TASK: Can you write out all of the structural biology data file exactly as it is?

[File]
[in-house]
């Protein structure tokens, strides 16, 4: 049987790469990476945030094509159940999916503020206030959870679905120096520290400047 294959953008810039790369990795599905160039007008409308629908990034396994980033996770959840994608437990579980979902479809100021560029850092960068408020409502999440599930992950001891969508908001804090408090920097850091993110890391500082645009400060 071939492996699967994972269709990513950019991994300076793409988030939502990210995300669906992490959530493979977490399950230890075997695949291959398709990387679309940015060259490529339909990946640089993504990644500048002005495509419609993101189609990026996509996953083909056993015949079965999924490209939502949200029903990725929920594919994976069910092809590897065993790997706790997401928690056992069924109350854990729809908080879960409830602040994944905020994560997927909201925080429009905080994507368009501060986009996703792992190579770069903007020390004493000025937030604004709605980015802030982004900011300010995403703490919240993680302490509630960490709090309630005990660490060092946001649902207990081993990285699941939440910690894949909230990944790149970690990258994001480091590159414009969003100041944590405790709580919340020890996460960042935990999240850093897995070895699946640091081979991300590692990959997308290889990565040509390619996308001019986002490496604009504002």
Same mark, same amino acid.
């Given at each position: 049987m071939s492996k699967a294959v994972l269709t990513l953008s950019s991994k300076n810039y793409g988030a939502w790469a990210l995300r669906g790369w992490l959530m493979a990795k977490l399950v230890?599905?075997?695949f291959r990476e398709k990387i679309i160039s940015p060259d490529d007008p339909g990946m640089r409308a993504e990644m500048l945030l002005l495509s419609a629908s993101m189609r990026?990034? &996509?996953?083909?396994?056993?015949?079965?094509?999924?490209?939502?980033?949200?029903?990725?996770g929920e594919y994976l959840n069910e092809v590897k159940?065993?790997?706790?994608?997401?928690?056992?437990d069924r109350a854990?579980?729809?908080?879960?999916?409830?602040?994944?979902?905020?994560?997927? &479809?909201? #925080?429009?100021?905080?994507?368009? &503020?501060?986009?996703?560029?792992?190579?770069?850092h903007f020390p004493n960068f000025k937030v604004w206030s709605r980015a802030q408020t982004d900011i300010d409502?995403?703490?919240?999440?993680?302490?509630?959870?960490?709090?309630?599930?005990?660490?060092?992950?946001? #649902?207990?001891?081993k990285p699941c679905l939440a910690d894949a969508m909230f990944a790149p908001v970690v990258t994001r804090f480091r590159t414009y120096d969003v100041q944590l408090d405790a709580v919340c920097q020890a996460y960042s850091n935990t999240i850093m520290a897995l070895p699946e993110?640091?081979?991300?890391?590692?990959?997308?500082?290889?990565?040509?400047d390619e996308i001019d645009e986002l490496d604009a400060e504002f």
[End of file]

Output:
[in-house]
């Protein structure tokens, strides 16, 4: 049987790469990476945030094509159940999916503020206030959870679905120096520290400047 294959953008810039790369990795599905160039007008409308629908990034396994980033996770959840994608437990579980979902479809100021560029850092960068408020409502999440599930992950001891969508908001804090408090920097850091993110890391500082645009400060 071939492996699967994972269709990513950019991994300076793409988030939502990210995300669906992490959530493979977490399950230890075997695949291959398709990387679309940015060259490529339909990946640089993504990644500048002005495509419609993101189609990026996509996953083909056993015949079965999924490209939502949200029903990725929920594919994976069910092809590897065993790997706790997401928690056992069924109350854990729809908080879960409830602040994944905020994560997927909201925080429009905080994507368009501060986009996703792992190579770069903007020390004493000025937030604004709605980015802030982004900011300010995403703490919240993680302490509630960490709090309630005990660490060092946001649902207990081993990285699941939440910690894949909230990944790149970690990258994001480091590159414009969003100041944590405790709580919340020890996460960042935990999240850093897995070895699946640091081979991300590692990959997308290889990565040509390619996308001019986002490496604009504002």
Same mark, same amino acid.
């Given at each position: 049987m071939s492996k699967a294959v994972l269709t990513l953008s950019s991994k300076n810039y793409g988030a939502w790469a990210l995300r669906g790369w992490l959530m493979a990795k977490l399950v230890?599905?075997?695949f291959r990476e398709k990387i679309i160039s940015p060259d490529d007008p339909g990946m640089r409308a993504e990644m500048l945030l002005l495509s419609a629908s993101m189609r990026?990034? &996509?996953?083909?396994?056993?015949?079965?094509?999924?490209?939502?980033?949200?029903?990725?996770g929920e594919y994976l959840n069910e092809v590897k159940?065993?790997?706790?994608?997401?928690?056992?437990d069924r109350a854990?579980?729809?908080?879960?999916?409830?602040?994944?979902?905020?994560?997927? &479809?909201? #925080?429009?100021?905080?994507?368009? &503020?501060?986009?996703?560029?792992?190579?770069?850092h903007f020390p004493n960068f000025k937030v604004w206030s709605r980015a802030q408020t982004d900011i300010d409502?995403?703490?919240?999440?993680?302490?509630?959870?960490?709090?309630?599930?005990?660490?060092?992950?946001? #649902?207990?001891?081993k990285p699941c679905l939440a910690d894949a969508m909230f990944a790149p908001v970690v990258t994001r804090f480091r590159t414009y120096d969003v100041q944590l408090d405790a709580v919340c920097q020890a996460y960042s850091n935990t999240i850093m520290a897995l070895p699946e993110?640091?081979?991300?890391?590692?990959?997308?500082?290889?990565?040509?400047d390619e996308i001019d645009e986002l490496d604009a400060e504002f």